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Modeling the Deposition of Mercury’s Polar Water Ice

Presentation #116.05 in the session Mercury (Poster + Lightning Talk)

Published onOct 23, 2023
Modeling the Deposition of Mercury’s Polar Water Ice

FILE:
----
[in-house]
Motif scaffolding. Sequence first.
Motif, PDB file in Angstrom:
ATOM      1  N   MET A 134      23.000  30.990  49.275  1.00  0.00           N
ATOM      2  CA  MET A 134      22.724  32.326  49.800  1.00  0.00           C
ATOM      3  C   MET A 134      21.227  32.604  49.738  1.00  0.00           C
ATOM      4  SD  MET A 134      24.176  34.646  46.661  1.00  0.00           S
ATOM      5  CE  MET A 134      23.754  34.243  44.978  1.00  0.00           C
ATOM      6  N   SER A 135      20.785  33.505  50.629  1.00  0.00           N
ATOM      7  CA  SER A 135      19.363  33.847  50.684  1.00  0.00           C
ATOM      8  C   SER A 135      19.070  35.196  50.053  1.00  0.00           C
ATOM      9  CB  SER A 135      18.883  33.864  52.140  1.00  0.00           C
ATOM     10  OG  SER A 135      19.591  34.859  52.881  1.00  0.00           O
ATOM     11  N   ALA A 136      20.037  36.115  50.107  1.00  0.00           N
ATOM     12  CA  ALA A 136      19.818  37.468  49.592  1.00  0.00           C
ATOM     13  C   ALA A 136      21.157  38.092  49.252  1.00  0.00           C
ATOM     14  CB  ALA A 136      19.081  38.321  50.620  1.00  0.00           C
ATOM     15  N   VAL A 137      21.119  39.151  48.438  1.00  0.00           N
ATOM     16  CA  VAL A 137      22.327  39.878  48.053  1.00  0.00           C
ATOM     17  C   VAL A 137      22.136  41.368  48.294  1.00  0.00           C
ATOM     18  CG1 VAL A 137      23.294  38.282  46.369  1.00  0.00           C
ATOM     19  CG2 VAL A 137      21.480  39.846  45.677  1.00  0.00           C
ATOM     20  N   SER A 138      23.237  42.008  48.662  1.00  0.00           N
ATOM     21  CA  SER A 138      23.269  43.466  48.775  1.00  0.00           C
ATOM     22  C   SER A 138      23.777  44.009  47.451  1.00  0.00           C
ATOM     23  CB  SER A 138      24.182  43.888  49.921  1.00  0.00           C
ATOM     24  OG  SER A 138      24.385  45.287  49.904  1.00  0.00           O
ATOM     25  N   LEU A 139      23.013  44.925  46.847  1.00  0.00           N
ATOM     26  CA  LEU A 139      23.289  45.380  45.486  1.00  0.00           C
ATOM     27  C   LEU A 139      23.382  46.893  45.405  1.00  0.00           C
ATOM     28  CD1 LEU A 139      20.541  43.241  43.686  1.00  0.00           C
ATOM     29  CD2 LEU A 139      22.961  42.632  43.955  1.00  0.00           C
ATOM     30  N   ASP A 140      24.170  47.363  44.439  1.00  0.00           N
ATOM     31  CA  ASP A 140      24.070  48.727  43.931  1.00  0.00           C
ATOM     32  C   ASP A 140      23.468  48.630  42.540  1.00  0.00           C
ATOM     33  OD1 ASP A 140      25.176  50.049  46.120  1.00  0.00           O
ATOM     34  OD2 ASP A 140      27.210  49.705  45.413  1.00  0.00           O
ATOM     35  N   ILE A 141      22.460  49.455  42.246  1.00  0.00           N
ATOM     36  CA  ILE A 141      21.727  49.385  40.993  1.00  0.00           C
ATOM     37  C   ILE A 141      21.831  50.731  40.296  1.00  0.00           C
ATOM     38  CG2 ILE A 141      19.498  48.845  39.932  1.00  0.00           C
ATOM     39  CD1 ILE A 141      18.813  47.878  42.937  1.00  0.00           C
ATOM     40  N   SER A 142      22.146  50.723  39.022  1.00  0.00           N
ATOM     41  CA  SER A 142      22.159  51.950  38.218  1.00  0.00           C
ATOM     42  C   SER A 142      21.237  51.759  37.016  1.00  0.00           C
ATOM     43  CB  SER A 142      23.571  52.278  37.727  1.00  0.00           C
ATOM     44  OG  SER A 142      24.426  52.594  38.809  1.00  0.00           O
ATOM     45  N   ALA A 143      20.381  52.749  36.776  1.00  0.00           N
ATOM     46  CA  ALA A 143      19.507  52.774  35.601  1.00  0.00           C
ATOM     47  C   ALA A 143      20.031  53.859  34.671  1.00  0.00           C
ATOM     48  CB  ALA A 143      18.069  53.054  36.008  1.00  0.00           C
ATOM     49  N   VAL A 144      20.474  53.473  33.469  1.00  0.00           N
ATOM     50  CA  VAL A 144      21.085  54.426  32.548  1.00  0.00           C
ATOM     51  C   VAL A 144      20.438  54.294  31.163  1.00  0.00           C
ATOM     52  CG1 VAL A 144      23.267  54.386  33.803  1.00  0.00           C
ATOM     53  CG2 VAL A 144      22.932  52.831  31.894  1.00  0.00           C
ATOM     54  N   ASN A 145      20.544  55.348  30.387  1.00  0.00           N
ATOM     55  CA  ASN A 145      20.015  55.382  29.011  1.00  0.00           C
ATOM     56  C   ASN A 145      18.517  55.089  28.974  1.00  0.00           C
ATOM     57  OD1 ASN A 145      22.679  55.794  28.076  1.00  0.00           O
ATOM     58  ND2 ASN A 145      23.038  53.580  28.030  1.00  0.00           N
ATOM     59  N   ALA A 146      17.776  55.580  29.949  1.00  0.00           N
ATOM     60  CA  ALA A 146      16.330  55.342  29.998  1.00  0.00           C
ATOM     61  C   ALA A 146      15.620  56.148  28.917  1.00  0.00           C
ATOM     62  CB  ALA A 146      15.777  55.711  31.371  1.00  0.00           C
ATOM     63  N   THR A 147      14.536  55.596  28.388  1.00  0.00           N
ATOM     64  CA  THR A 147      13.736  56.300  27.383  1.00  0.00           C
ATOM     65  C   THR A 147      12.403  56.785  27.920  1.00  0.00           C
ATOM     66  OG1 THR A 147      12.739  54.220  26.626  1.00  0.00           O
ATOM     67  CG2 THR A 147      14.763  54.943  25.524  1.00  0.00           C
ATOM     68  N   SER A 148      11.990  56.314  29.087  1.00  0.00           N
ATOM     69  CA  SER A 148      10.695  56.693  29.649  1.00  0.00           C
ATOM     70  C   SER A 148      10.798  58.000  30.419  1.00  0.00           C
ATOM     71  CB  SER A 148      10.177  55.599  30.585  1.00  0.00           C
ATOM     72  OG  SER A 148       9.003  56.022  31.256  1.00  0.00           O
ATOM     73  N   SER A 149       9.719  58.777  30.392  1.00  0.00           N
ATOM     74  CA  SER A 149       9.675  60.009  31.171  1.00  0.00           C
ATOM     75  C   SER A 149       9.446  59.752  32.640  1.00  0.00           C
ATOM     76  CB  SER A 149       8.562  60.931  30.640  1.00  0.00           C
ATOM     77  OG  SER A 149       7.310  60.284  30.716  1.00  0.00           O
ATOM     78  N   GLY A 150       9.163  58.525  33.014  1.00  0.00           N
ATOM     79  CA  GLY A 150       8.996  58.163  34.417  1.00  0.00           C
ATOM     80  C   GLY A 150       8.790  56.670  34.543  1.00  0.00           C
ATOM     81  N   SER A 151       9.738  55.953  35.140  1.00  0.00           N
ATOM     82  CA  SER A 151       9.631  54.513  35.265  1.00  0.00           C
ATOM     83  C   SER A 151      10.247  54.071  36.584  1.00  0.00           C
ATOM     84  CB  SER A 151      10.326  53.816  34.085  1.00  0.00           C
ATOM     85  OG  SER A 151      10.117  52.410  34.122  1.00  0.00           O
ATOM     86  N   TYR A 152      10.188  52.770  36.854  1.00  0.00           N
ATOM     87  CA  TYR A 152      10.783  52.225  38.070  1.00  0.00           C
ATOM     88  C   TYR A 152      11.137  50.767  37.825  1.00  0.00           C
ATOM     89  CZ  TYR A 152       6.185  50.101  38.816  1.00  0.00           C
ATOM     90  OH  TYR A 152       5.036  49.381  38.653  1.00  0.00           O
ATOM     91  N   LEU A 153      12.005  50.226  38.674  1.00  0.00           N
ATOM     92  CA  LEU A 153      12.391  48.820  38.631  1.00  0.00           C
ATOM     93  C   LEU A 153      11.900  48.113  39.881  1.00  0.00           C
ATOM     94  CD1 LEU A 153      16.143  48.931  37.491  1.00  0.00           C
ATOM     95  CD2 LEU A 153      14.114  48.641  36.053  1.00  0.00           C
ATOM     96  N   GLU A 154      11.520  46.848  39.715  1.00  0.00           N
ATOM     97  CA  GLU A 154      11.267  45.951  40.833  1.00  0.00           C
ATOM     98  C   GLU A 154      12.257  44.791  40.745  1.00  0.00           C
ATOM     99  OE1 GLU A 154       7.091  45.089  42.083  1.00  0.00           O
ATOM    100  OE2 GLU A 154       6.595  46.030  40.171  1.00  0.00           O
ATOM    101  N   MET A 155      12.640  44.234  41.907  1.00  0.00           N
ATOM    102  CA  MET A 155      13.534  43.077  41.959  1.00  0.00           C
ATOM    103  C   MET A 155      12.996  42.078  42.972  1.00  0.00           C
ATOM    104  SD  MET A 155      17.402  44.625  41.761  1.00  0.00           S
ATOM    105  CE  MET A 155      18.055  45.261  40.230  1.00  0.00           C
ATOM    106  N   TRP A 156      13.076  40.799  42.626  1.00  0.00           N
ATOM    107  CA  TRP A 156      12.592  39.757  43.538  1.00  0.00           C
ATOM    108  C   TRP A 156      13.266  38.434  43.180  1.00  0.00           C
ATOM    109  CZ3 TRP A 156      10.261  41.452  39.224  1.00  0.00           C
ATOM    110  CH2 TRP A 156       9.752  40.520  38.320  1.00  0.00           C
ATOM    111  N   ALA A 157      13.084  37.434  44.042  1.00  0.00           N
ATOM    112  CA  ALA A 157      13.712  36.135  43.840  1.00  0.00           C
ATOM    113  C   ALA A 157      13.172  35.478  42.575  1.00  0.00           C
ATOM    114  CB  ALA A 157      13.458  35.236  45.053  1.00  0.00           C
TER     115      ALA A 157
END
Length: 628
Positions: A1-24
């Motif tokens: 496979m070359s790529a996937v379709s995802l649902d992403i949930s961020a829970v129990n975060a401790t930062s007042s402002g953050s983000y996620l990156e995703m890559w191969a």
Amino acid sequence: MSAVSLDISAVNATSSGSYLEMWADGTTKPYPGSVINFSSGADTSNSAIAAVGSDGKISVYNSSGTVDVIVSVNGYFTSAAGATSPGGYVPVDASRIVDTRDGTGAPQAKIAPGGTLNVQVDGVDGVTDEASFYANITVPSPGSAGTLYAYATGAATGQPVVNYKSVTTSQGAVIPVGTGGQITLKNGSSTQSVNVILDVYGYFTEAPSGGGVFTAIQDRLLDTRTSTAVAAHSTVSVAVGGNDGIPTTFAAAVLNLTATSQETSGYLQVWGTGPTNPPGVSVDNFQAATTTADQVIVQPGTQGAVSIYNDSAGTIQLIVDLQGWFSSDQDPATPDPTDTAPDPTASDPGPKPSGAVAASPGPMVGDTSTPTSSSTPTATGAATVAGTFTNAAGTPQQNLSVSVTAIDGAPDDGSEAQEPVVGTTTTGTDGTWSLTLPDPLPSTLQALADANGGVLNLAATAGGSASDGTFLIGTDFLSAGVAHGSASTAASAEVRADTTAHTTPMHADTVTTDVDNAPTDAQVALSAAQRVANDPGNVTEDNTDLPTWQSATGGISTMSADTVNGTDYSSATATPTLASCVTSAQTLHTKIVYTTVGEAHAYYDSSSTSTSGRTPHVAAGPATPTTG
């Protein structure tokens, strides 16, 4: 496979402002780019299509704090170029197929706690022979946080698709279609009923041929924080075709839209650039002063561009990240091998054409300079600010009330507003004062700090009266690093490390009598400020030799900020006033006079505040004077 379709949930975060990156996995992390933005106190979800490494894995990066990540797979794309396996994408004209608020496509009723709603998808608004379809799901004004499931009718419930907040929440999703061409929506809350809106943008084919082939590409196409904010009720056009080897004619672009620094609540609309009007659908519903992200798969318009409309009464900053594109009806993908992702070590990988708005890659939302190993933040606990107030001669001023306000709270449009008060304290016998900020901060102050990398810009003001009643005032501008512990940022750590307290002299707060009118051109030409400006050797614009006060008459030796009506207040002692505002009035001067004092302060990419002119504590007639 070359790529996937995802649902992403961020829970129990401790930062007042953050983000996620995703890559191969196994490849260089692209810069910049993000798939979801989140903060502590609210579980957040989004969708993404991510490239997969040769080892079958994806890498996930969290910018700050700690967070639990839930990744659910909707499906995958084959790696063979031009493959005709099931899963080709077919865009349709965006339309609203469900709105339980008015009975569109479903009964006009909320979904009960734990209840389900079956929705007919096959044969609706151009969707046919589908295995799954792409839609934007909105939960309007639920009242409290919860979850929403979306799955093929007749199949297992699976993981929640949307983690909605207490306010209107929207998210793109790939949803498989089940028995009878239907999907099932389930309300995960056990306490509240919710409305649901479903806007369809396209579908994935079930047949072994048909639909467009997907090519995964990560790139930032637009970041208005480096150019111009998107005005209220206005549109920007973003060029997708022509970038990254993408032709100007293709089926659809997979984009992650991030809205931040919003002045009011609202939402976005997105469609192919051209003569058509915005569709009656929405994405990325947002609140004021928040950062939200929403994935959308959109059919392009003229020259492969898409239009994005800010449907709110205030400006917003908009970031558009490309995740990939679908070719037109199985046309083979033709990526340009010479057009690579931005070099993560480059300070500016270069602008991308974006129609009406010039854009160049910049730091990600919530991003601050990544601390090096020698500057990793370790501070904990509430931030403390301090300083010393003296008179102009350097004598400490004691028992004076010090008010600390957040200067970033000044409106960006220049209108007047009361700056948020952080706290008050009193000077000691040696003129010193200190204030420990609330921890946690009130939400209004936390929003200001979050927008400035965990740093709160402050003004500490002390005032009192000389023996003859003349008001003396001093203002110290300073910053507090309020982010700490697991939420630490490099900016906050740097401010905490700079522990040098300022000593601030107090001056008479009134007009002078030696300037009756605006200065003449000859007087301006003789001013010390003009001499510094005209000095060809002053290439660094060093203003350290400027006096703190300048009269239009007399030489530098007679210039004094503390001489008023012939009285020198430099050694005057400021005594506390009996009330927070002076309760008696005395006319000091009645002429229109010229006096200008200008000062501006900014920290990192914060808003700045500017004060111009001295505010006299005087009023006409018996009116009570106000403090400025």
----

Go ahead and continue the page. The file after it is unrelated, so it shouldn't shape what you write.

Permanently shadowed regions near the poles of Mercury are thought to contain substantial amounts of water ice, and potentially other volatiles. Several lines of evidence (such as the high radar reflectivity of the polar deposits, and the presence of overlying dark, perhaps organic, material in some regions) suggest that volatile-rich asteroid or comet impacts may have played a significant role in delivering water to the innermost planet. Reconstructing the geological history of Mercury’s polar deposits involves multiple lines of investigation; here, we focus on understanding the transport and deposition of water following a volatile-rich impact. In particular, we consider an impact of the scale of that which formed Hokusai (a large, relatively young, northern-hemisphere crater) and perform numerical simulations of the transport of impact-generated water vapor to polar cold traps, using a Direct Simulation Monte Carlo (DSMC) rarefied gas dynamics code. Assuming representative impact parameters, we find that the fallback of gravitationally bound water leads to near-surface gas densities that are many orders of magnitude greater than typical exospheric densities on Mercury, such that the migration of water vapor is driven by pressure gradients rather than collisionless, ballistic hops. Short-term simulations indicate that water begins to accumulate in the nearest cold traps within minutes after impact, and that the impact-generated vapor cloud is optically thick to solar ultraviolet radiation, protecting water molecules from photolysis and temporarily increasing the efficiency of transport to cold traps during the initial hours after impact. Long-term simulations (currently in progress) are required to determine the total fraction of impact-delivered water that ultimately accumulates in the polar regions over the course of the long solar day on Mercury. Other questions of interest include how long it takes for the impact-generated vapor to become collisionless and optically thin, and the resulting distribution of water between the north and south polar regions. We will present the results of long-term simulations, and discuss broader implications for the origins of Mercury’s polar water ice deposits.

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